Successful technologies become successful by exploration of design space on multiple paths, and the more the better. ... It's an illusion that designers are smart, unbiased and unencumbered enough to be able to pick the best approach beforehand.
This actually supports my point: It's not clear that the "goodness" of an engineering solution (or a basic technology) is in any way related to the difficulty (and hence cost) of finding it. As you point out, all that "exploration of design space" costs money... but that doesn't necessarily mean the products and technologies it leads to will be expensive to produce and use.
Insisting that the private sector bear all development costs within a purely commercial model risks depriving us of wildly useful (and profitable) technologies that have high development barriers to entry. Decoupling development cost through some form of public-sector support, OTOH, mitigates that risks.
I can't prove it, but I'm convinced that's what happened with jet engines: Absent government support in the form of both direct research and military development, I'm convinced the commercial aviation industry would never have developed jet propulsion, because the technological barriers were high and air travel was already so much faster than competing forms of transportation. Many of the same arguments now being used in the supersonic vs. subsonic debate would have been used in the jet vs. piston debate (if any), if developing jet engines had been left solely to the private sector.
Just MHO, of course....Posted by Bill Dauphin at March 16, 2006 02:02 PM
I'm convinced the commercial aviation industry would never have developed jet propulsion, because the technological barriers were high and air travel was already so much faster than competing forms of transportation.
This glosses over other major benefits of jet propulsion. Jet engines are much more reliable than piston engines and require less maintenance. They also have higher power/mass. This is why you see turbine engines instead of piston engines in turboprop aircraft and helicopters.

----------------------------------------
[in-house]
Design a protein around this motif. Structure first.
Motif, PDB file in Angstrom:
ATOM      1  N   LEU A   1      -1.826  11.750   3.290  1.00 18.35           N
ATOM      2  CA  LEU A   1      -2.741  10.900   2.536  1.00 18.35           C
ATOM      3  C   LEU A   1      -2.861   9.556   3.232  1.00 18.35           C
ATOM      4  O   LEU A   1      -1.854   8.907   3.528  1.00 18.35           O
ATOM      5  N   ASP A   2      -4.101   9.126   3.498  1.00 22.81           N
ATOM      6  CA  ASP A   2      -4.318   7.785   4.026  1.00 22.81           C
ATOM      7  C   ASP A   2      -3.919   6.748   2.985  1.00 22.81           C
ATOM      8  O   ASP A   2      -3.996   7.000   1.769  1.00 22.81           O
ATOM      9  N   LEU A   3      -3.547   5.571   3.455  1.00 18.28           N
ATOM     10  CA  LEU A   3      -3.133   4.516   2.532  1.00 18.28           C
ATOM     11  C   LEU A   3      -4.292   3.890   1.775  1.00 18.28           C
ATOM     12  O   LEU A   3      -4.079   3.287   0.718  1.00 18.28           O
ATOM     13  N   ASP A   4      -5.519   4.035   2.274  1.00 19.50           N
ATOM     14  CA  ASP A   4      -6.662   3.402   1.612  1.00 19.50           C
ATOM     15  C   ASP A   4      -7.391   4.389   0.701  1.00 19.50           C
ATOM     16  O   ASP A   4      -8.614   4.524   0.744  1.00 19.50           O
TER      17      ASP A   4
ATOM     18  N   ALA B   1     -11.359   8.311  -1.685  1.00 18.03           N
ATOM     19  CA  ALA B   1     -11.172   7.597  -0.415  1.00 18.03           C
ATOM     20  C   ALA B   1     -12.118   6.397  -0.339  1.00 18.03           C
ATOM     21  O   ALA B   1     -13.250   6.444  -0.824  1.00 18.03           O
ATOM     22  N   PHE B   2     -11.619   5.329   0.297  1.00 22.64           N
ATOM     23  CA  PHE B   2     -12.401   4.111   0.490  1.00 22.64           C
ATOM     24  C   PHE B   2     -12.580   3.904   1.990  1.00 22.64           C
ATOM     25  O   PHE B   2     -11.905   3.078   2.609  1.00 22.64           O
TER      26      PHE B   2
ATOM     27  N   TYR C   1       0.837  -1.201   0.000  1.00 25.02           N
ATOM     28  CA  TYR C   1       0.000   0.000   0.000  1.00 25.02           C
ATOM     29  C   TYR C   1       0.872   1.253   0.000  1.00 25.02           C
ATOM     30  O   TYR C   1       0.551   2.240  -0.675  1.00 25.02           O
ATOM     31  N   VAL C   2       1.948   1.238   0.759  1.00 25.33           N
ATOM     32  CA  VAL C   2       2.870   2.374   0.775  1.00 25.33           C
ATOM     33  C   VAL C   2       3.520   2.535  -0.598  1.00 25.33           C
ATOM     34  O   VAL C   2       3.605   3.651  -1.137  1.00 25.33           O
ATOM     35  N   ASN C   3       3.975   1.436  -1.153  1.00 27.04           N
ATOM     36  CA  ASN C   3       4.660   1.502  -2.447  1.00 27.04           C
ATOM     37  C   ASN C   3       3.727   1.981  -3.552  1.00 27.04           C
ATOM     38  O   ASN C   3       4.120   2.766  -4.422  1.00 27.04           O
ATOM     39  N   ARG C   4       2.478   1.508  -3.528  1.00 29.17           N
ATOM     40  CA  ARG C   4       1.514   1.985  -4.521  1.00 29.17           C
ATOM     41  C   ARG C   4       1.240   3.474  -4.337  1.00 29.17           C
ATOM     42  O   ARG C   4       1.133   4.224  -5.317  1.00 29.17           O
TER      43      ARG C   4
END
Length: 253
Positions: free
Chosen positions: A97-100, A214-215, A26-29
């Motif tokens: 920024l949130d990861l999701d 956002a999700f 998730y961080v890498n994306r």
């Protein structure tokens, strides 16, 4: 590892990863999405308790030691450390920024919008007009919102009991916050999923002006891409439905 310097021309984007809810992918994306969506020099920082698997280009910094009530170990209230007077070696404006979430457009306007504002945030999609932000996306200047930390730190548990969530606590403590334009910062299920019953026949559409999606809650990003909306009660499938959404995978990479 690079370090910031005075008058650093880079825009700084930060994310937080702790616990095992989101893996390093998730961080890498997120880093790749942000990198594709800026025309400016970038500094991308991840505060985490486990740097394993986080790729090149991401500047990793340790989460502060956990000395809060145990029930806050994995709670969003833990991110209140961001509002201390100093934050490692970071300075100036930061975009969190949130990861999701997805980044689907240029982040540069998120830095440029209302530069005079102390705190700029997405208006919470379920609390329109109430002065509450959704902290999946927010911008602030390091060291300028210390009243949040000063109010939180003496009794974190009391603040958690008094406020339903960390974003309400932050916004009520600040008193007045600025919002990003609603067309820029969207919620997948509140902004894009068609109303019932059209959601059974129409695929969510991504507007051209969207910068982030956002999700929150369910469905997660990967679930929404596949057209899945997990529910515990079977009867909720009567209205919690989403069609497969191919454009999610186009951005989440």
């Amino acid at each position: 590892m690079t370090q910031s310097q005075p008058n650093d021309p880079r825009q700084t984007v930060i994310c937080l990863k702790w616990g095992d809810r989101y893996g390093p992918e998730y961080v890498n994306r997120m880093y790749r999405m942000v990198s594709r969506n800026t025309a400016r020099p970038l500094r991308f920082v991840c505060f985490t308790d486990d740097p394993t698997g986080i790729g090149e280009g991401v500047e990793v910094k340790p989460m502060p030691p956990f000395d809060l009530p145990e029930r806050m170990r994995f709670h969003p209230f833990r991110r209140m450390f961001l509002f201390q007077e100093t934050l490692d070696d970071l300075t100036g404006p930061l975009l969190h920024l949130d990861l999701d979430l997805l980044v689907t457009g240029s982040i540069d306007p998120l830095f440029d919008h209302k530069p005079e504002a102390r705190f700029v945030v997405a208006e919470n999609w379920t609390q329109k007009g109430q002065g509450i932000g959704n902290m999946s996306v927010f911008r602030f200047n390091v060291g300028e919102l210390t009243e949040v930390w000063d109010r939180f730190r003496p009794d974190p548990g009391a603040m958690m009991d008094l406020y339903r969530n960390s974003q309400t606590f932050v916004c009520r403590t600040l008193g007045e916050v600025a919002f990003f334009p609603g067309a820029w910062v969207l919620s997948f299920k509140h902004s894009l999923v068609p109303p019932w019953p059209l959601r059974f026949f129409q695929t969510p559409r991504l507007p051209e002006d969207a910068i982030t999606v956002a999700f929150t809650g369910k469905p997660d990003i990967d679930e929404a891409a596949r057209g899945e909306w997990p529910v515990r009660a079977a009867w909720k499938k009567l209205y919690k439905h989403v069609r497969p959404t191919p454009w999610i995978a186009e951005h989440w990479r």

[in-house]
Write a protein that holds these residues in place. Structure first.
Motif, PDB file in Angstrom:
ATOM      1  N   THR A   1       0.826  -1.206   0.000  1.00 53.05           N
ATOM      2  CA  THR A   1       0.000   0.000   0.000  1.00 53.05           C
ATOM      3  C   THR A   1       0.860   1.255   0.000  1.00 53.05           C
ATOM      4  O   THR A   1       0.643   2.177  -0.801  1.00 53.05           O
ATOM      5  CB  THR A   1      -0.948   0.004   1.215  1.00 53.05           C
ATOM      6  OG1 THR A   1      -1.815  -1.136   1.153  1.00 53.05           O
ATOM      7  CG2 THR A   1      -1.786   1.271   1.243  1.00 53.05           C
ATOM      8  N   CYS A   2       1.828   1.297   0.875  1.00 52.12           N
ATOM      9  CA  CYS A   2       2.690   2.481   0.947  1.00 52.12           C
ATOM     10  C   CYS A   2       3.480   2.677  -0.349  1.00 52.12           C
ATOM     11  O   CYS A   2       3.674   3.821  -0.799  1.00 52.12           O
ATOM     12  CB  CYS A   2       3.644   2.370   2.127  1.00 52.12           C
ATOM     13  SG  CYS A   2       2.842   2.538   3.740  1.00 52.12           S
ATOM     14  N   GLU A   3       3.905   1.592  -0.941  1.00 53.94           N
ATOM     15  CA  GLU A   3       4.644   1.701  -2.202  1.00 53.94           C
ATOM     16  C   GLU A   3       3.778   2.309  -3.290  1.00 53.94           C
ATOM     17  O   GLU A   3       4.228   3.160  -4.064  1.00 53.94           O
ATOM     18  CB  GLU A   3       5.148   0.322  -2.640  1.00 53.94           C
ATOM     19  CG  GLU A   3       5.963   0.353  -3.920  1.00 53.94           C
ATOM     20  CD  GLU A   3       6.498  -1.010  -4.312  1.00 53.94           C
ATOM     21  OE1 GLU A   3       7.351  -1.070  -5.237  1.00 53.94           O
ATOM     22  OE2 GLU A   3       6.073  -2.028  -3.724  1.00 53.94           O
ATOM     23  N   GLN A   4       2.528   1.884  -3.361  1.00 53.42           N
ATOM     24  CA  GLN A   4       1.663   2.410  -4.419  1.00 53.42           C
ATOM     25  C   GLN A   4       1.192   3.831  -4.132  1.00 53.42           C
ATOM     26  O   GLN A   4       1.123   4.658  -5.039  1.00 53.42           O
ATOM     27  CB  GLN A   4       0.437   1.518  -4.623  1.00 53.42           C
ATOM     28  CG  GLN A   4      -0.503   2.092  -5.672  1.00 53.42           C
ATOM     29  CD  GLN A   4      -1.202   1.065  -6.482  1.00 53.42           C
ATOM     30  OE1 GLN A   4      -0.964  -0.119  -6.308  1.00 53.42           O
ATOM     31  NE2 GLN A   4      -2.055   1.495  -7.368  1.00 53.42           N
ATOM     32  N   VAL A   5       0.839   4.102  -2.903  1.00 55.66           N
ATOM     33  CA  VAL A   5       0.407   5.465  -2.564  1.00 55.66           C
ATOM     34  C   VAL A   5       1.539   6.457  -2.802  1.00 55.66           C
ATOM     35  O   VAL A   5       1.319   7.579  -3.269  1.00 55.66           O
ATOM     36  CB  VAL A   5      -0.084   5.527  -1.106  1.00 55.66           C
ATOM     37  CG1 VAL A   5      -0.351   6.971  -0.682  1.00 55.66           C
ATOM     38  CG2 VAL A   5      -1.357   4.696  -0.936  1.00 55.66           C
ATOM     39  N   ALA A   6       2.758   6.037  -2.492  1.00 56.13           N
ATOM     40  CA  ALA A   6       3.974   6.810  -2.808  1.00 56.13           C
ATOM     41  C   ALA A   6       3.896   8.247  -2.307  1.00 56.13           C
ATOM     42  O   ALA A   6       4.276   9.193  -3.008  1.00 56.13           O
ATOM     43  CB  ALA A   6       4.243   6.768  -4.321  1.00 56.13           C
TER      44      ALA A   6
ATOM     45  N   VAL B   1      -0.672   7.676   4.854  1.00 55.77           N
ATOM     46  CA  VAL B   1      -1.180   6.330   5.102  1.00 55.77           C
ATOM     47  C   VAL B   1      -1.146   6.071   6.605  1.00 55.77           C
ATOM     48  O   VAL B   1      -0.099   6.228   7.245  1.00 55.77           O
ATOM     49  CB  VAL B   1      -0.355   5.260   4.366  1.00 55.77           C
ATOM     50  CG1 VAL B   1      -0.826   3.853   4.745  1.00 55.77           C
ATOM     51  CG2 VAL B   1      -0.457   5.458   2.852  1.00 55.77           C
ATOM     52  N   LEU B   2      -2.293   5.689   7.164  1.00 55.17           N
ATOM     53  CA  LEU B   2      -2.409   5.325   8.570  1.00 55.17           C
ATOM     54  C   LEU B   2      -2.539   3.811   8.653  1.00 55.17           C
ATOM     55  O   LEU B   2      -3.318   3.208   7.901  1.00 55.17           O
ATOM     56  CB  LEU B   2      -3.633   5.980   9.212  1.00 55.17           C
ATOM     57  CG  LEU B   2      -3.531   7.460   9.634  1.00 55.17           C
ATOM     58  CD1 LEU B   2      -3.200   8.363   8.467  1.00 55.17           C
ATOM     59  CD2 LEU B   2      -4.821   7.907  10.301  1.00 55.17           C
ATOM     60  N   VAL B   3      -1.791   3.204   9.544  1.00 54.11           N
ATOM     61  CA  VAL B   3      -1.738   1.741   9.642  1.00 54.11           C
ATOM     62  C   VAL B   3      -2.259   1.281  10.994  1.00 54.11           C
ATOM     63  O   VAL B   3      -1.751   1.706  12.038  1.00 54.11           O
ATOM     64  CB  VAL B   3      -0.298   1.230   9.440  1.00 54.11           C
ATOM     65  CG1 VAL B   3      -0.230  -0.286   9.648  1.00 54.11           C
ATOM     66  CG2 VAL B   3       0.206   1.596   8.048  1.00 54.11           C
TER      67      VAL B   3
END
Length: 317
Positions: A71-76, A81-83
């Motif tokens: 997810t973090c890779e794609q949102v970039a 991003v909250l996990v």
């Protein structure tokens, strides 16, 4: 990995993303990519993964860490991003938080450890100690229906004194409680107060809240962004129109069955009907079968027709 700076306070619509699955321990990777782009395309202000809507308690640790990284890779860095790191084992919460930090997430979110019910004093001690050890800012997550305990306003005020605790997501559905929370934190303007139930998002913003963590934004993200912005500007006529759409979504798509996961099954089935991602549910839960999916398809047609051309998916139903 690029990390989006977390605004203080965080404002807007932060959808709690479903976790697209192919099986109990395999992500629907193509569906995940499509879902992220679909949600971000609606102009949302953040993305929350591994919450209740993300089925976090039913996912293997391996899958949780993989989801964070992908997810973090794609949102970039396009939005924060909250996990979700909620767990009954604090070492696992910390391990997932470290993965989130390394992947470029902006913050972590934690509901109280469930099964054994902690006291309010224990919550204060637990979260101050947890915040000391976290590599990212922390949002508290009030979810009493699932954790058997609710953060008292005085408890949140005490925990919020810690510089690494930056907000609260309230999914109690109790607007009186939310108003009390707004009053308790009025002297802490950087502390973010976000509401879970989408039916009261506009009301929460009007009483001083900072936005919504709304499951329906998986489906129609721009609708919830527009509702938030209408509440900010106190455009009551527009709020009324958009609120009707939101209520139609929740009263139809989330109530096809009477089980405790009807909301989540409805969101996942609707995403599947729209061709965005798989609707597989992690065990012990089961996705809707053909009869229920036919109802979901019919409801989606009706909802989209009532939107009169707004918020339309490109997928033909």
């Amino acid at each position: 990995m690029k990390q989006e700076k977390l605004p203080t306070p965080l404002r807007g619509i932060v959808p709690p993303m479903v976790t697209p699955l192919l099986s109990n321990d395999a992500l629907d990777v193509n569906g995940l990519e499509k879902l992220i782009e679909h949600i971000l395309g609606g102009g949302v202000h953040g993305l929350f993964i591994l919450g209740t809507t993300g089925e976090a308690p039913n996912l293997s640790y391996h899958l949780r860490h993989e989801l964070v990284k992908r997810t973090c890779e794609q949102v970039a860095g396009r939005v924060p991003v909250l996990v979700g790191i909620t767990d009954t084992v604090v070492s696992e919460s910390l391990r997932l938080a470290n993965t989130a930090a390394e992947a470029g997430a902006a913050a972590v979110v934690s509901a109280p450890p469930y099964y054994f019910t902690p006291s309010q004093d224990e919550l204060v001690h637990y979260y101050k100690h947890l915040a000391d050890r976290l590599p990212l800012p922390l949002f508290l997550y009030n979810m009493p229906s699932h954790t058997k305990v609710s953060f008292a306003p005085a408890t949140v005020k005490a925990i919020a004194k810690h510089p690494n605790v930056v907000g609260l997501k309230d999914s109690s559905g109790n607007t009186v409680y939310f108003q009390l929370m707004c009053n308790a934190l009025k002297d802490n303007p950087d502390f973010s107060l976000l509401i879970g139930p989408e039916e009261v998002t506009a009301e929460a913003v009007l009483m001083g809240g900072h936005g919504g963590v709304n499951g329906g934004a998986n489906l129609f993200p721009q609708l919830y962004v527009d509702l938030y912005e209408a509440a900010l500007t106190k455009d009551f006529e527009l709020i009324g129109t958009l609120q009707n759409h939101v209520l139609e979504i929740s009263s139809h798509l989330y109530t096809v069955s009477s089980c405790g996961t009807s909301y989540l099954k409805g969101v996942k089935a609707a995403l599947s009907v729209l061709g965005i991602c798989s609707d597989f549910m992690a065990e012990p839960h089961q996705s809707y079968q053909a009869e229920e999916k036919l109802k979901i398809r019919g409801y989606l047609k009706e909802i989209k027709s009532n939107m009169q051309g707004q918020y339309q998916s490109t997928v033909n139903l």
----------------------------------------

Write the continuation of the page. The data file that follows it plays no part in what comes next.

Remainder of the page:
I don't know if these benefits would have been enough to get to jet propulsion in the absence of a military market. Perhaps development would have been via industrial gas turbines, which one could argue would have been developed for peaking power.Posted by Paul Dietz at March 17, 2006 03:33 AM
This glosses over other major benefits of jet propulsion. Jet engines are much more reliable than piston engines and require less maintenance.
All true... certainly true now. I'm not sure these things were as true in the years immediately before and after WWII, when piston aeropropulsion was a fairly robust, mature technology and turbine engines were still essentially experimental. More to my point, I'm not sure these once-and-future advantages would have been obvious enough to justify extensive private development spending. The question for the commercial aircraft companies and their risk-sharing customers would not have been "is this technology better," but rather "will this technology make our product enough better than it already is, soon enough, to create a monetary return that can offset $X millions of upfront spending?"
Given how superior air travel already was compared to competing transportation, it's not at all clear to me what their answer would have been. Basically, I think we're close to agreement:
I don't know if these benefits would have been enough to get to jet propulsion in the absence of a military market.
Perhaps development would have been via industrial gas turbines, which one could argue would have been developed for peaking power.
If gas turbine engines had been developed first for industrial applications -- esp. for stationary powerplants -- then I'm even more sure they wouldn't have ended up on commercial airplanes: Aero engines make good generators -- most gas turbine powerplants in service are aeroderivatives -- but it doesn't follow that you can go the other way. A gas turbine designed from a clean sheet of paper for powerplant use would be optimized for efficiency and power output in uninterrupted steady-state operation; it would not be optimized for low weight, efficiency over a wide range of power settings, stable startup and shutdown sequences, thrust transients, or any of a variety of other parameters that are critical to aircraft propulsion but meaningless to ground-based power generation. Turbine engines developed for power stations would have been like computers developed for banks and think-tanks were: Big Iron.
But regardless of whether you buy the jet engine example, I stand by my original point: The difficulty/cost of developing a given technology is not necessarily dispositive of the "goodness" of that technology once developed.Posted by Bill Dauphin at March 17, 2006 09:10 AM